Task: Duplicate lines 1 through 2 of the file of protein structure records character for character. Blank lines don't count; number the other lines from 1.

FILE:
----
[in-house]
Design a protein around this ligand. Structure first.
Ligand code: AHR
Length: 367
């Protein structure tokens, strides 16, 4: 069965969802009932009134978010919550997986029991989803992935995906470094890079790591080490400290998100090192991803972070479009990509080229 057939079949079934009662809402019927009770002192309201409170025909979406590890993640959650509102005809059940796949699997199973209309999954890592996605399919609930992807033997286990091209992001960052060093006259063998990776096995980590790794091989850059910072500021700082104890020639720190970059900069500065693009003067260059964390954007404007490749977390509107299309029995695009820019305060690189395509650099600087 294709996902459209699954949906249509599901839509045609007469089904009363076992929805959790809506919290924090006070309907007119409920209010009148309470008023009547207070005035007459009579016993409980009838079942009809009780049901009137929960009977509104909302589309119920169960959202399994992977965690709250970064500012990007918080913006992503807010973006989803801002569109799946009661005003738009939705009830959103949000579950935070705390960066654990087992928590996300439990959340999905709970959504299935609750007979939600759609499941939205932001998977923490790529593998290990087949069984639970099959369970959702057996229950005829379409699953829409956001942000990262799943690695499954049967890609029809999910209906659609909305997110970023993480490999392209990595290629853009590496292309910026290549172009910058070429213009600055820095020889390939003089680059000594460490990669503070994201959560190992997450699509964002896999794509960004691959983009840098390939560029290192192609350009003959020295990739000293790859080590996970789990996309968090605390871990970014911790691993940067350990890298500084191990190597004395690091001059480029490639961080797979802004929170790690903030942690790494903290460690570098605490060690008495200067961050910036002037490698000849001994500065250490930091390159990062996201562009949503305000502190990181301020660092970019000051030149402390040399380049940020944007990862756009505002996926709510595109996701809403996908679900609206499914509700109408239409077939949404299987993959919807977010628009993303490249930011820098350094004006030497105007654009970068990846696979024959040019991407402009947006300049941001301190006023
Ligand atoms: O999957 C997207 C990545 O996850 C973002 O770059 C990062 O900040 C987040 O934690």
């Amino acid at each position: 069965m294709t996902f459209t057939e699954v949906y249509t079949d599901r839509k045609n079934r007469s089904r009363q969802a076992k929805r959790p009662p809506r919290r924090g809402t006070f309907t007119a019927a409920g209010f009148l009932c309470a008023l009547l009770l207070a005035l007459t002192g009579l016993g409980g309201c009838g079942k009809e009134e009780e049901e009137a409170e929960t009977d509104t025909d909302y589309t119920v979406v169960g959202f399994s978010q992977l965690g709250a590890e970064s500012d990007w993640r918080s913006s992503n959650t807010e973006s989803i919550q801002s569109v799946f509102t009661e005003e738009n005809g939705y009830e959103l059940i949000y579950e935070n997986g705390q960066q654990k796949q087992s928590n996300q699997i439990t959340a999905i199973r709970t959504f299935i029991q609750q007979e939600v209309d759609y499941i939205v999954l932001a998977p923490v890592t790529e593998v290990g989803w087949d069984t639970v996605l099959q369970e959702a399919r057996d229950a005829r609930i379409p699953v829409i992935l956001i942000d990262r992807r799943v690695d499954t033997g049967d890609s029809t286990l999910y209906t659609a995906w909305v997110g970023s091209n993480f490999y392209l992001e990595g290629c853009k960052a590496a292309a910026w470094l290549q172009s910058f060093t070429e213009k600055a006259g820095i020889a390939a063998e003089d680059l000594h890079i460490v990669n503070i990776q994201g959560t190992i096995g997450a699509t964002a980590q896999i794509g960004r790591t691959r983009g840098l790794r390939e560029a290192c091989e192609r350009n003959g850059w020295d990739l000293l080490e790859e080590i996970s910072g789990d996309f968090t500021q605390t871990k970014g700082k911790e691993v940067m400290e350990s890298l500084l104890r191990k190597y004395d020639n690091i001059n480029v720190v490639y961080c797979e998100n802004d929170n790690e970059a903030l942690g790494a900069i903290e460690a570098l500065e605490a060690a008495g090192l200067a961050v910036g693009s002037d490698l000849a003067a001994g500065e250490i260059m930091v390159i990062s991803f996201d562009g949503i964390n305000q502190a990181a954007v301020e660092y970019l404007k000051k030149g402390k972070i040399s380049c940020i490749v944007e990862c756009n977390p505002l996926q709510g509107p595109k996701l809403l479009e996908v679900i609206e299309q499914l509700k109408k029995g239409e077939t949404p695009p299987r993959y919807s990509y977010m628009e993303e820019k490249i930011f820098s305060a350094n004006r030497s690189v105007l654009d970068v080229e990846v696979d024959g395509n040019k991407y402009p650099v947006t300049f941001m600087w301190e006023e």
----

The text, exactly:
[in-house]
Design a protein around this ligand. Structure first.